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Alexander Chute Economist
Tel: 902-424-5810Email: Alexander.Chute@novascotia.ca

December 05, 2018
BANK OF CANADA MONETARY POLICY

The Bank of Canada maintained the overnight rate at 1.75 per cent. The Bank Rate is correspondingly 2.00 per cent and the deposit rate is 1.50 per cent. The Bank of Canada noted that the policy interest rate will need to rise into a neutral range to achieve the inflation target with the pace of increase dependent on the effect higher interest rates have on consumption and housing, global trade policy developments, evolution of business investment, and the persistence of the oil price shock.

The Bank of Canada noted that the global economic expansion is moderating as expected, but emerging trade conflicts are weighing more heavily on global demand with both potential upside and downside risks around trade policy developments. Growth in major advanced economies has slowed, while activity in the United States remains above potential.

Oil prices have fallen sharply due to geopolitical developments, uncertainty about global growth prospects, and growing US shale oil production. Transportation constraints and inventory buildup have pulled down western Canadian oil prices. Lower prices and associated production cutbacks will likely weaken activity in the energy sector. The Bank of Canada noted that the Canadian economy has grown in line with projections in the third quarter, but with less momentum going into the fourth quarter. Business investment declined in Q3 due to heightened trade uncertainty during the summer, but is expected to strengthen outside the energy sector with the signing of the USMCA, new federal government tax measures, and existing capacity constraints. Increases in productive capacity and foreign demand will support growth in exports.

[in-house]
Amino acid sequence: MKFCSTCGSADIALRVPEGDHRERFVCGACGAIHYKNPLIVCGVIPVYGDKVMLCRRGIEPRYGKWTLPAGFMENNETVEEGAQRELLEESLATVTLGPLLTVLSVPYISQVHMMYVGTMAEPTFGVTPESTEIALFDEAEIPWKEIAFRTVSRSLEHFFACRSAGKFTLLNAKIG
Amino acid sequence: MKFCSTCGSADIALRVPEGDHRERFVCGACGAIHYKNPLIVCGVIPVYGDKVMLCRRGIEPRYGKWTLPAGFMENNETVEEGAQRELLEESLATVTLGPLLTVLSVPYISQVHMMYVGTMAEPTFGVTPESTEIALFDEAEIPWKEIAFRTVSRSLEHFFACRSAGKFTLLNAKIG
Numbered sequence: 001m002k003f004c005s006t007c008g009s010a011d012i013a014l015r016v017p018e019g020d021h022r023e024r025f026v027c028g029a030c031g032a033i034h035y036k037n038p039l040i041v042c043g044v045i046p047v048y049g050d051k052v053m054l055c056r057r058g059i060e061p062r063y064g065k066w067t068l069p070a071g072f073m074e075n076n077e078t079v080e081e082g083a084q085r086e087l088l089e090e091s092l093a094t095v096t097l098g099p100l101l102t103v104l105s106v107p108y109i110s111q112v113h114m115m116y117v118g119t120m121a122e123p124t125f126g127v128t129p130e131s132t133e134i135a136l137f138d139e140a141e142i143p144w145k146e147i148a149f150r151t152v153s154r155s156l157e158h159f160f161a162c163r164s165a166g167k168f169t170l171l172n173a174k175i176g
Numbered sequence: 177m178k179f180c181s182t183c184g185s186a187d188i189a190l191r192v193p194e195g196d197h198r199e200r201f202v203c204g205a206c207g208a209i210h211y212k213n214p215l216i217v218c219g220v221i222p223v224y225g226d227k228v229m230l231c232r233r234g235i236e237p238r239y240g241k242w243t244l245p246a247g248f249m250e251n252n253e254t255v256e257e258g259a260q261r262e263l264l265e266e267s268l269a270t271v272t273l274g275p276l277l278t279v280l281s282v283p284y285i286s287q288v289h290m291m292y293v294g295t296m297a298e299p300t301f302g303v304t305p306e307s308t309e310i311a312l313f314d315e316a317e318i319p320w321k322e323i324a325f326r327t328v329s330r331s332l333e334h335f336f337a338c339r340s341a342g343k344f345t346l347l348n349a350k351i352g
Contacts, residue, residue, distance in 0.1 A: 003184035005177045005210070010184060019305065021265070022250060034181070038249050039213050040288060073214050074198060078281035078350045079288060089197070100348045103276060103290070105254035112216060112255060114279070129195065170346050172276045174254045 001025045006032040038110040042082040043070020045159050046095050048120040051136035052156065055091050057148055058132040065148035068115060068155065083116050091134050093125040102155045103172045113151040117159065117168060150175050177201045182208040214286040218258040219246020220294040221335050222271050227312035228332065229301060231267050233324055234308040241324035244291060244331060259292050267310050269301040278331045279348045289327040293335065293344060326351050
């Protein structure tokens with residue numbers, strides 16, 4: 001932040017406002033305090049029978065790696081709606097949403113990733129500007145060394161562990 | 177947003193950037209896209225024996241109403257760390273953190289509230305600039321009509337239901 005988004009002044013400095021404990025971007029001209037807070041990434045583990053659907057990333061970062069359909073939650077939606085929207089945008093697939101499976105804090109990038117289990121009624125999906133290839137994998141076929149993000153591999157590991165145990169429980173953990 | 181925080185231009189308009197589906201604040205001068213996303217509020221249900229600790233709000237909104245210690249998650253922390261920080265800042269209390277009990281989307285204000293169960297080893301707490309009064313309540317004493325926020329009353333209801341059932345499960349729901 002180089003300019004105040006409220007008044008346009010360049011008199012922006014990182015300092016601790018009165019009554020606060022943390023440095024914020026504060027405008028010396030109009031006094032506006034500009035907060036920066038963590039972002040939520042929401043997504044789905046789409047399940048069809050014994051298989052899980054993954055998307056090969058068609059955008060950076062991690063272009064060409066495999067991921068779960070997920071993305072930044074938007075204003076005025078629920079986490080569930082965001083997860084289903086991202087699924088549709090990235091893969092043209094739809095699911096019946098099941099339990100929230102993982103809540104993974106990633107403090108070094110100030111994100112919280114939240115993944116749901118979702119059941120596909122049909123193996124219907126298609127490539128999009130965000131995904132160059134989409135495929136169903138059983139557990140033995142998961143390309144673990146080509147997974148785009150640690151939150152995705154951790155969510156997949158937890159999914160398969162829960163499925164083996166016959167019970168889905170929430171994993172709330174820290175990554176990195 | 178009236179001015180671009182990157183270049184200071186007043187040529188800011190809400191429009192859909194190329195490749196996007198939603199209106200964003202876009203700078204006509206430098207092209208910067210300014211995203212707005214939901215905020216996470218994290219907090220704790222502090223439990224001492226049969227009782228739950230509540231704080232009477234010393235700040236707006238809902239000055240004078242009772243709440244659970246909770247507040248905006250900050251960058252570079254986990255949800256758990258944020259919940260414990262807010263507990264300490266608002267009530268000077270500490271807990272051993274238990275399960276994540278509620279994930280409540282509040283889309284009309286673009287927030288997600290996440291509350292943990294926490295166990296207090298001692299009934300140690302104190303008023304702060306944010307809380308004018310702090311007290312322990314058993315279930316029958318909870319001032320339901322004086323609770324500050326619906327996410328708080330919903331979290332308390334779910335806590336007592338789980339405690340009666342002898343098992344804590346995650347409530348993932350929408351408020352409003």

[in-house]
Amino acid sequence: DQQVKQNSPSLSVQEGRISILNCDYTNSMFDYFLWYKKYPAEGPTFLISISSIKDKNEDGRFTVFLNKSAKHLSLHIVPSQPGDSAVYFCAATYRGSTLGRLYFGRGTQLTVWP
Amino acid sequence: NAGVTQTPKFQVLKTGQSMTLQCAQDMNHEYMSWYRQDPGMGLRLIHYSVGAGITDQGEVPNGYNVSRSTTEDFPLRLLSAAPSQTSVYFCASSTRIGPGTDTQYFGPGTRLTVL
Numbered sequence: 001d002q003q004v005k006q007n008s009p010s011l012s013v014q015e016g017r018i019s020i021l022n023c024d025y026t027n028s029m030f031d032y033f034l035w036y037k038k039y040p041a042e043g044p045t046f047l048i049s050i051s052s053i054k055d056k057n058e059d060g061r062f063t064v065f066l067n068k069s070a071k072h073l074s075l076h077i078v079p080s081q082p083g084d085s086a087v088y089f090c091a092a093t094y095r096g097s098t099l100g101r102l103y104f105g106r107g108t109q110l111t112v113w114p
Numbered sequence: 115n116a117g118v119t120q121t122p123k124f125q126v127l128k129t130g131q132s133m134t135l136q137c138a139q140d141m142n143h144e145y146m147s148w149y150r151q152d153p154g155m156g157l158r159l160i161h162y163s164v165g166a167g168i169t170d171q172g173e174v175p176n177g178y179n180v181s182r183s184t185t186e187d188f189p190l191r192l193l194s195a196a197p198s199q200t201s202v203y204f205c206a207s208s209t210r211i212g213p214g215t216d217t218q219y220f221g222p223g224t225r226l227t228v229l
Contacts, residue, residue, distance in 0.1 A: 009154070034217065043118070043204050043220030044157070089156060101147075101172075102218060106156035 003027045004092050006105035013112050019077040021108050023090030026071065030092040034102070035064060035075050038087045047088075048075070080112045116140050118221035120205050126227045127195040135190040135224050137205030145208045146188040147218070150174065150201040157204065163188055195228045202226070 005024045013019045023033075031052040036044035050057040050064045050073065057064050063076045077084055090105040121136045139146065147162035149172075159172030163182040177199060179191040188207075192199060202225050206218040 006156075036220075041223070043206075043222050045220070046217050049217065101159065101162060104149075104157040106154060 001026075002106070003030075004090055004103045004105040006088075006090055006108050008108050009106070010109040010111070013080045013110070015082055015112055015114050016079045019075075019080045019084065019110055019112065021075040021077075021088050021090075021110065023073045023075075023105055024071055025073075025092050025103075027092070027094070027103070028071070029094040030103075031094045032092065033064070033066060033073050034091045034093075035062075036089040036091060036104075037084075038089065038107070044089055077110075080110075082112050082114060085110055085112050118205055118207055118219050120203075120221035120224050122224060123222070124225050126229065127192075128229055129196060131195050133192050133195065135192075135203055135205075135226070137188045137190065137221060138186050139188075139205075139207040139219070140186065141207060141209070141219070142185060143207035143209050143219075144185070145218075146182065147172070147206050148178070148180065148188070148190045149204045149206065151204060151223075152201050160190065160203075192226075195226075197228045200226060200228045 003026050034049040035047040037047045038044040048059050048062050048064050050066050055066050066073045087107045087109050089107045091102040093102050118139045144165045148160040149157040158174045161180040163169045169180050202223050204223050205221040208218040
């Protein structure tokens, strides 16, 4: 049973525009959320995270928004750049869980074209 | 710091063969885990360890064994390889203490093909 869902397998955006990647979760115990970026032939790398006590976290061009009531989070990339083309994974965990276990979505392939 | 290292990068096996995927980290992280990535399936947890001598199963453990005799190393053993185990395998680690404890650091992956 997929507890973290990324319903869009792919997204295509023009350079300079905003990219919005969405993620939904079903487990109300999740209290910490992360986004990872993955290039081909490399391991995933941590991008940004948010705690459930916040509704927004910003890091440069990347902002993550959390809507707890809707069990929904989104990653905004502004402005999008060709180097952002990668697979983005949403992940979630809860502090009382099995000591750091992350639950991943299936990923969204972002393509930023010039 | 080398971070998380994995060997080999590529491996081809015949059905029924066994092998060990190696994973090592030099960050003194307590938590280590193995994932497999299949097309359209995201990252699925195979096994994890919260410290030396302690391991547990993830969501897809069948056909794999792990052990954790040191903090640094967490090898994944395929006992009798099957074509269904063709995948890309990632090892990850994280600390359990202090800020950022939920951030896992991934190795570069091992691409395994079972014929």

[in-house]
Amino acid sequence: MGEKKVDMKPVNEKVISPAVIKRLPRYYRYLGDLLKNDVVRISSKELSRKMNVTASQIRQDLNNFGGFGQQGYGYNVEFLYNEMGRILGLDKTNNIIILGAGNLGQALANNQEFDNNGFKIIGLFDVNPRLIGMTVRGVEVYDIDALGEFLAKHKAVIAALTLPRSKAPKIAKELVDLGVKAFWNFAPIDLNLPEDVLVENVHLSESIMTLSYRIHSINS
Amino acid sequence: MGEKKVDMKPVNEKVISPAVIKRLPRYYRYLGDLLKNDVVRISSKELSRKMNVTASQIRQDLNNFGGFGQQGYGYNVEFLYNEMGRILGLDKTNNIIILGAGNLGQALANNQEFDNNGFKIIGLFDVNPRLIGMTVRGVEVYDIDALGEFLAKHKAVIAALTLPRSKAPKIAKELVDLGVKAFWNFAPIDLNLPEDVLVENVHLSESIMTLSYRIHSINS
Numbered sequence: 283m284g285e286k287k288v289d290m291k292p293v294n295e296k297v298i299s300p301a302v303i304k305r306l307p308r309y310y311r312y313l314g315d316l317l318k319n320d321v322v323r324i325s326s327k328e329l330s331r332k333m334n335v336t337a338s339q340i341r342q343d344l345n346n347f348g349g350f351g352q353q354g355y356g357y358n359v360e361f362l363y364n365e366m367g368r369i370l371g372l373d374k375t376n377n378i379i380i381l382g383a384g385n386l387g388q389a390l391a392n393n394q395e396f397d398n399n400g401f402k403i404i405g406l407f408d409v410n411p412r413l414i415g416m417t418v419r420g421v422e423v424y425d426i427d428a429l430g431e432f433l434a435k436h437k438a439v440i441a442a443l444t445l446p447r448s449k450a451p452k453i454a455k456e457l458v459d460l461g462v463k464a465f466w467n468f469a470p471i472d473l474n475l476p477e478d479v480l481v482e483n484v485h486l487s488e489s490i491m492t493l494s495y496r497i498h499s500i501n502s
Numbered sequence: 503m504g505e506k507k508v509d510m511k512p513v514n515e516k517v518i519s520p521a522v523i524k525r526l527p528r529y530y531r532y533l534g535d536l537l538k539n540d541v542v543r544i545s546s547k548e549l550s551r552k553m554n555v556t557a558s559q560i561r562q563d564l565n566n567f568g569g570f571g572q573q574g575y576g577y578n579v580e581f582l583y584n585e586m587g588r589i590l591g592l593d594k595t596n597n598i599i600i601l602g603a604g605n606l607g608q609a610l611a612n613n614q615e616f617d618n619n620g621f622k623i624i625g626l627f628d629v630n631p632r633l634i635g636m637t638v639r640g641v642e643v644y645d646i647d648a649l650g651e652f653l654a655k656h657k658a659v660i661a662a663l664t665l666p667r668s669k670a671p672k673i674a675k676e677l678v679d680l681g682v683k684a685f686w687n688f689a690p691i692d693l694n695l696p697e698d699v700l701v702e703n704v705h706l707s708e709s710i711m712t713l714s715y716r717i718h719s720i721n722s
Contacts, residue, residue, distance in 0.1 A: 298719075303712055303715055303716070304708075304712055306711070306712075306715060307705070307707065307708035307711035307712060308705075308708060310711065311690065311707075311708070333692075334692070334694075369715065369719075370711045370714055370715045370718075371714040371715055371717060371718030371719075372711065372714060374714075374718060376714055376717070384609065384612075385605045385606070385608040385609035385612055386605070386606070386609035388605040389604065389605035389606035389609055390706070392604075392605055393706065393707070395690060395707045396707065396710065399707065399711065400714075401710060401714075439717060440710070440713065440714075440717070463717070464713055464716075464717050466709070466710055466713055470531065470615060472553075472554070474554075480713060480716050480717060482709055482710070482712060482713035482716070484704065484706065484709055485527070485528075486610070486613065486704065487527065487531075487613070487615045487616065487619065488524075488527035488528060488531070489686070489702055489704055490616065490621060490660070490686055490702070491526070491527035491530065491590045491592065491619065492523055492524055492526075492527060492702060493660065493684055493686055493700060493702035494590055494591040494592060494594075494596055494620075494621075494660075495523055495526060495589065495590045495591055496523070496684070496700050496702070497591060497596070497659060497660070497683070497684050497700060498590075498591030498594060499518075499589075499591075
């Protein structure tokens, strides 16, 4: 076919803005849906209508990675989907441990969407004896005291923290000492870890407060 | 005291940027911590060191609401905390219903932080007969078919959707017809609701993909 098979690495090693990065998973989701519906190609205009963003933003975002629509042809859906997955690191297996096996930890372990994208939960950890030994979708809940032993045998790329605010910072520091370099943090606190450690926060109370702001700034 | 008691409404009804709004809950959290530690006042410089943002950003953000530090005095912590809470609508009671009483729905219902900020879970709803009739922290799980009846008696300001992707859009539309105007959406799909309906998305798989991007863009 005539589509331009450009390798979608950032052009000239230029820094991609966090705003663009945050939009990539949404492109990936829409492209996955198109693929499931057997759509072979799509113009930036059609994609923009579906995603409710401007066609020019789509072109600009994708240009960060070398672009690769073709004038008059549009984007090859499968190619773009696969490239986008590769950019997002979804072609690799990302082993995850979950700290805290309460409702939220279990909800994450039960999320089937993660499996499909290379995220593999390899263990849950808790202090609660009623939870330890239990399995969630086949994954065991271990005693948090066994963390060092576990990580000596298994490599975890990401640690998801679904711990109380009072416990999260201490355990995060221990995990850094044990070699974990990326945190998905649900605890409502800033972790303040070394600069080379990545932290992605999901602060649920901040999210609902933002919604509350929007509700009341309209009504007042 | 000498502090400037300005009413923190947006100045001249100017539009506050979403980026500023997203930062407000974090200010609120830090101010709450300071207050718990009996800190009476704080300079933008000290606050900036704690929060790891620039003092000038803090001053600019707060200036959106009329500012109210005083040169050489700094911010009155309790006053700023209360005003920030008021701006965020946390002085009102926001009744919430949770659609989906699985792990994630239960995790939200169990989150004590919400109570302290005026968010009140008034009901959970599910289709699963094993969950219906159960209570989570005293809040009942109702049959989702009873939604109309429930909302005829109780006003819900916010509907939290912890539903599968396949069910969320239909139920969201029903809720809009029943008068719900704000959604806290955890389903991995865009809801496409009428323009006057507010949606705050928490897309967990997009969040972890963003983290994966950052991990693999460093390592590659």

Inflation has been evolving as expected and core measures are near 2 per cent, consistent with an economy close to capacity. CPI inflation in October 2018 was 2.4 per cent, above target but expected to ease going forward due to lower gasoline prices. Downward historical revisions by Statistics Canada to GDP and recent developments indicate there may be additional room for non-inflationary growth.

 

 

 

Bank of Canada



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